The long-term goal of this research is to improve the rational design of artificial zinc finger protein (ZFP) transcription factor therapeutics by characterizing the fundamental thermodynamics of ZFP transcription factor interactions with zinc metal-ions and DNA. ZFPs, the largest single class of metalloproteins in the human genome, regulate gene transcription and, therefore, protein expression, by binding both zinc metal-ions and DNA or RNA. Since ZFP transcription factors can be potentially designed to activate or repress any gene in the genome, these proteins are excellent targets for drug design. Indeed the rational design and combinatorial selection of artificial ZFPs is beginning to yield potential drug candidates, one of which is in clinical trials for diabetic neuropathy and Lou Gehrig's disease. Furthermore, recent success in ZFP protein transduction in mammalian cells indicates they may be suitable for gene therapy applications. One issue that slows the progress of artificial ZFP design is coupled energetics of zinc metal-ion binding, DNA-binding, and protein folding in ZFPs. Based on our success in parsing apart the energetics of zinc metal-ion binding and protein folding using simple designed peptides, we are in a unique position to decouple the binding of zinc metal-ions and DNA in a natural ZFP, the Wilms tumor suppressor. We will focus our research efforts in delineating the fundamental thermodynamics of ZFP binding to zinc metal-ions and DNA. Our approach is to measure the equilibrium thermodynamics of Zn(II) and DNA binding to ZFPs. Based on the current lack of understanding of the coupled binding of Zn(II) and DNA to ZFPs, we have identified two Specific Aims to be completed during the requested funding period.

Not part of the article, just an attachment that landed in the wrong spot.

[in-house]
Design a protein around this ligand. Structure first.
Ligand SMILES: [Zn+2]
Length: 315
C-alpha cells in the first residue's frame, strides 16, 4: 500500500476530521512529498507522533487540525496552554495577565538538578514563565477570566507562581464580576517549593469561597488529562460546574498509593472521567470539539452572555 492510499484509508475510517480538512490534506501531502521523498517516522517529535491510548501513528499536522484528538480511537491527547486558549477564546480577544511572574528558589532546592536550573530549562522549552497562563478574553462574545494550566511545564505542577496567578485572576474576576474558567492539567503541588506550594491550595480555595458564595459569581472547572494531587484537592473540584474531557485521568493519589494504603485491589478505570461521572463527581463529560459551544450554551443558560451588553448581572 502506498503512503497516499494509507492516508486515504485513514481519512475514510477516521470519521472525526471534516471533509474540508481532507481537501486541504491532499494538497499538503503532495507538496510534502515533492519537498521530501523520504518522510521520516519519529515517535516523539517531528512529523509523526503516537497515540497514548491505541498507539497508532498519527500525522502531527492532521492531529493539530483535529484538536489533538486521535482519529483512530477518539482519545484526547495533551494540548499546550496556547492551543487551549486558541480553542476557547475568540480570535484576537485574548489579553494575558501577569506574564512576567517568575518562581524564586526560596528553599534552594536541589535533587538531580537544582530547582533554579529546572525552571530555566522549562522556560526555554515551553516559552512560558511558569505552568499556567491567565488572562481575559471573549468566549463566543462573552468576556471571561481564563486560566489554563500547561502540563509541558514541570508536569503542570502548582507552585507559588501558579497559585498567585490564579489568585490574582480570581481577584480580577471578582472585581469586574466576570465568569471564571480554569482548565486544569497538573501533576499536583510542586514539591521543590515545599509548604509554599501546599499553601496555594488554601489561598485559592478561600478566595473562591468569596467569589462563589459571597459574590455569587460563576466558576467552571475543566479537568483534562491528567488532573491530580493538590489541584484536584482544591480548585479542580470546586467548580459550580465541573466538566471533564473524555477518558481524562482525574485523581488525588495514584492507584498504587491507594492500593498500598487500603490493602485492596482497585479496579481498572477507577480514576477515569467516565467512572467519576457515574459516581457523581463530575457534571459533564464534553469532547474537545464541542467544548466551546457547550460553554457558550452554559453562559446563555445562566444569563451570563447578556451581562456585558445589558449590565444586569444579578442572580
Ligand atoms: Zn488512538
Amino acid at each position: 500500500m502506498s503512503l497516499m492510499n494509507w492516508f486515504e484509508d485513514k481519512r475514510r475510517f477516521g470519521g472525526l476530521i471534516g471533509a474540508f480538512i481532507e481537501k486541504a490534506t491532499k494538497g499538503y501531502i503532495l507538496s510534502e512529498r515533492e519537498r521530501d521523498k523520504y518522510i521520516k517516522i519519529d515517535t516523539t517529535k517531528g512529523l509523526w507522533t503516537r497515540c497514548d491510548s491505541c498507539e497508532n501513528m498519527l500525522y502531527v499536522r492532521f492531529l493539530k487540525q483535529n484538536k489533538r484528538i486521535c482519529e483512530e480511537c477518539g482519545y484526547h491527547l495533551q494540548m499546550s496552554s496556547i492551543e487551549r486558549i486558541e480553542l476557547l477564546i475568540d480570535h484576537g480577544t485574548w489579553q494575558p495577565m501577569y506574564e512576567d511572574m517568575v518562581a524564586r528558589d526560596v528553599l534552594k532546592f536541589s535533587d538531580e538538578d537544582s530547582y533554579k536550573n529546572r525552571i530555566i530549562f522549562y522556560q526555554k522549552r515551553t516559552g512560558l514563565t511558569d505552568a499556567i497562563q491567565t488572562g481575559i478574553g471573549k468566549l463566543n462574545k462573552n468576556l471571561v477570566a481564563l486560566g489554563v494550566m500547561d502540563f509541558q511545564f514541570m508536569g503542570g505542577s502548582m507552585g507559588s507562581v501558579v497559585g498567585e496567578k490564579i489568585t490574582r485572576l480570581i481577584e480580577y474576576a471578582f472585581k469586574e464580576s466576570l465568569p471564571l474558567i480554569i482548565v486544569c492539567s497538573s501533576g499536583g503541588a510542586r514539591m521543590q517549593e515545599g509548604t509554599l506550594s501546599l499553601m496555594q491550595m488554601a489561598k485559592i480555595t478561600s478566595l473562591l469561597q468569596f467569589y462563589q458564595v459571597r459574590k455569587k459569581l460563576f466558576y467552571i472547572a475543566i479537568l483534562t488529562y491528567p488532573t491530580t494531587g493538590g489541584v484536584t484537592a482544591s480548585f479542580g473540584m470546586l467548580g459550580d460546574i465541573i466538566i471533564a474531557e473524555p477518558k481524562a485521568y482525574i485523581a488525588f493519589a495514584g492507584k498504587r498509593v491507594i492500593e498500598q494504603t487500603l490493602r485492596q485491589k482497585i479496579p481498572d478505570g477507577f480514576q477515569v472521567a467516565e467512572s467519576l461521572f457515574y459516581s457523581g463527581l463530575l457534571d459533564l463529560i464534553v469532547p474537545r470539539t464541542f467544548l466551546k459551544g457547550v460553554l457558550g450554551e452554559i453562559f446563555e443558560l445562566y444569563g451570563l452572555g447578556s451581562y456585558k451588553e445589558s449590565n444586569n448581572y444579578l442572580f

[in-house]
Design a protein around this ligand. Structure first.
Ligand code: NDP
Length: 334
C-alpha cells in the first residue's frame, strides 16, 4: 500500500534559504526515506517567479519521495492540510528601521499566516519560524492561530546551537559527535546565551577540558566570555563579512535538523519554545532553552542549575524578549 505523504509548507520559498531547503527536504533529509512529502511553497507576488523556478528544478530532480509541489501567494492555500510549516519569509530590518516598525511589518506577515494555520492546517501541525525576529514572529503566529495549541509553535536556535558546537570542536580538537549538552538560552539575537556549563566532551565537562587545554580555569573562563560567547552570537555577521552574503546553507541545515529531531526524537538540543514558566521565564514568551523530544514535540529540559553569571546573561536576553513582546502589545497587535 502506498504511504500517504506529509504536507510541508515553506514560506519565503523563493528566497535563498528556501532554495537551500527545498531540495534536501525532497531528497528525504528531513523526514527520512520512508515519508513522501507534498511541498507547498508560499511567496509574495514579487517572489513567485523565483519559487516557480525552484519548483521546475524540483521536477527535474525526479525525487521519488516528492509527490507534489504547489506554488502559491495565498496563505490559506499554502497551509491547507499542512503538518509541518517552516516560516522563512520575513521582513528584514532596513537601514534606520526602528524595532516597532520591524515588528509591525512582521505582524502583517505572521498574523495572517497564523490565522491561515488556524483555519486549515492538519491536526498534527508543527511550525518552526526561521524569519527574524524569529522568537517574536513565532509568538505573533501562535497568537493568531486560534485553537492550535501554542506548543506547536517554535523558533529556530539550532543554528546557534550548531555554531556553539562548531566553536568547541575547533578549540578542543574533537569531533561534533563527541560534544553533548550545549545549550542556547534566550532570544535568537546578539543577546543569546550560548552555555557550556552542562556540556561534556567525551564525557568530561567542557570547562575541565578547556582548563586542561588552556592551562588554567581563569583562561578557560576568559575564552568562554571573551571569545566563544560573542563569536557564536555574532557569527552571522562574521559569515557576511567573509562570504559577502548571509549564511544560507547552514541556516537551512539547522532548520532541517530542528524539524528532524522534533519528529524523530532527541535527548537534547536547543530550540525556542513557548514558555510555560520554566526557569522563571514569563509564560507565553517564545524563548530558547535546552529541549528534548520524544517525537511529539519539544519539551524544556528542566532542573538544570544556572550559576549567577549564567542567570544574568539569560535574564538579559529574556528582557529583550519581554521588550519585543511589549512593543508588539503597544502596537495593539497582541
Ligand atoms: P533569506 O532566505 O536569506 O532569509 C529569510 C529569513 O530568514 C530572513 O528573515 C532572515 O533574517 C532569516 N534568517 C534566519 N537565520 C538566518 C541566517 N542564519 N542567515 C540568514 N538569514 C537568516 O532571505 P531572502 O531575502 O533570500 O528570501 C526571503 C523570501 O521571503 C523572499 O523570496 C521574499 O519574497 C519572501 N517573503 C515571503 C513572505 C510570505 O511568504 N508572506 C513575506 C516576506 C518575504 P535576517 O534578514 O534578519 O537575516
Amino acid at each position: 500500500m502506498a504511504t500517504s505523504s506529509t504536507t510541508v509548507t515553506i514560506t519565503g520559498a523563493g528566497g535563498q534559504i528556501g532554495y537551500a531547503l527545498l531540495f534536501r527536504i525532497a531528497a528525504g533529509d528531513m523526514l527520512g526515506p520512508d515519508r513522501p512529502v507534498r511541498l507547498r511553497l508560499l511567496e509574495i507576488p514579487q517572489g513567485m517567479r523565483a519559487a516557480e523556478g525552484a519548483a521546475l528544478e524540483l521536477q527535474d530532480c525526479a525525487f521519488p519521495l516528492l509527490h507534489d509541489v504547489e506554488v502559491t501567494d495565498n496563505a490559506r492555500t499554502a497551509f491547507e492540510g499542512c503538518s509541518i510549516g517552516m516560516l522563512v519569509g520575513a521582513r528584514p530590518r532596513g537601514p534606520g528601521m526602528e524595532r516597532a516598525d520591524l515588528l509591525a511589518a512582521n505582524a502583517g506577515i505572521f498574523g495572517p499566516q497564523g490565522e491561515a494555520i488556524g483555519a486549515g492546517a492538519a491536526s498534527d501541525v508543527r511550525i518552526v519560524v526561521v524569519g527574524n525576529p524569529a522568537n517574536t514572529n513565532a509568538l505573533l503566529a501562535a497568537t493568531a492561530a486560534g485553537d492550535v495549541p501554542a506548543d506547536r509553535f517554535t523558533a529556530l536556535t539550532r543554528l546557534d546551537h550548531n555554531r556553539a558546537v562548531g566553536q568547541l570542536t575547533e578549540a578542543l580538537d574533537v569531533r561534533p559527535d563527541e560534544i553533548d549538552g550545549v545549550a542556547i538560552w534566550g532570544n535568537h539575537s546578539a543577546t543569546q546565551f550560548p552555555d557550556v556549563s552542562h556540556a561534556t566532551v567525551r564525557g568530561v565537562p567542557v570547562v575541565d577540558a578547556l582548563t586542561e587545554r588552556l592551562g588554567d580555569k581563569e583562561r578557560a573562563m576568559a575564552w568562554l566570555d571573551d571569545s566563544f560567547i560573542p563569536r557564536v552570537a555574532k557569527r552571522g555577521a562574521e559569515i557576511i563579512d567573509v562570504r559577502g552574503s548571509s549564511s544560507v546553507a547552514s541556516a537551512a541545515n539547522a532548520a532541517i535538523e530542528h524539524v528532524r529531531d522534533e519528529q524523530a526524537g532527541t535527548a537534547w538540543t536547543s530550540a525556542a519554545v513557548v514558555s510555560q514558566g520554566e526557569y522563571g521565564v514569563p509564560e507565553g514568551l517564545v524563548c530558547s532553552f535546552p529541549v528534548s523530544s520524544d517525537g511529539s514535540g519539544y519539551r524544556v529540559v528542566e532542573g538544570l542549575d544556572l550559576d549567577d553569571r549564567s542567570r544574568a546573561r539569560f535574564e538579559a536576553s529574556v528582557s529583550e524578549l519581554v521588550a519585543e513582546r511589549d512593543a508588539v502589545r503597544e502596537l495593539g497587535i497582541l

Specific Aim 1 : Study of zinc finger protein Zn(II) affinity in the presence of DNA.
Specific Aim 2 : Study of apo- zinc finger protein folding.

Public Health Relevance

The detailed understanding of the interrelationship of Zn(II) and DNA binding to zinc finger proteins provided by this study will lead to a greater understanding of general metalloregulatory processes, and specifically gene activation in human cancer. These results will facilitate both the rational design of tumor suppressor drugs and improved prediction of the process of cancer gene activation. Therefore, benefits to healthcare and the general welfare of the public are anticipated from the successful completion of this work.

National Institute of Health (NIH)
National Institute of General Medical Sciences (NIGMS)
Research Continuance Award (SC3)
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Special Emphasis Panel (ZGM1-MBRS-X (CH))
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Krasnewich, Donna M
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Brooklyn College
Schools of Arts and Sciences
New York
United States
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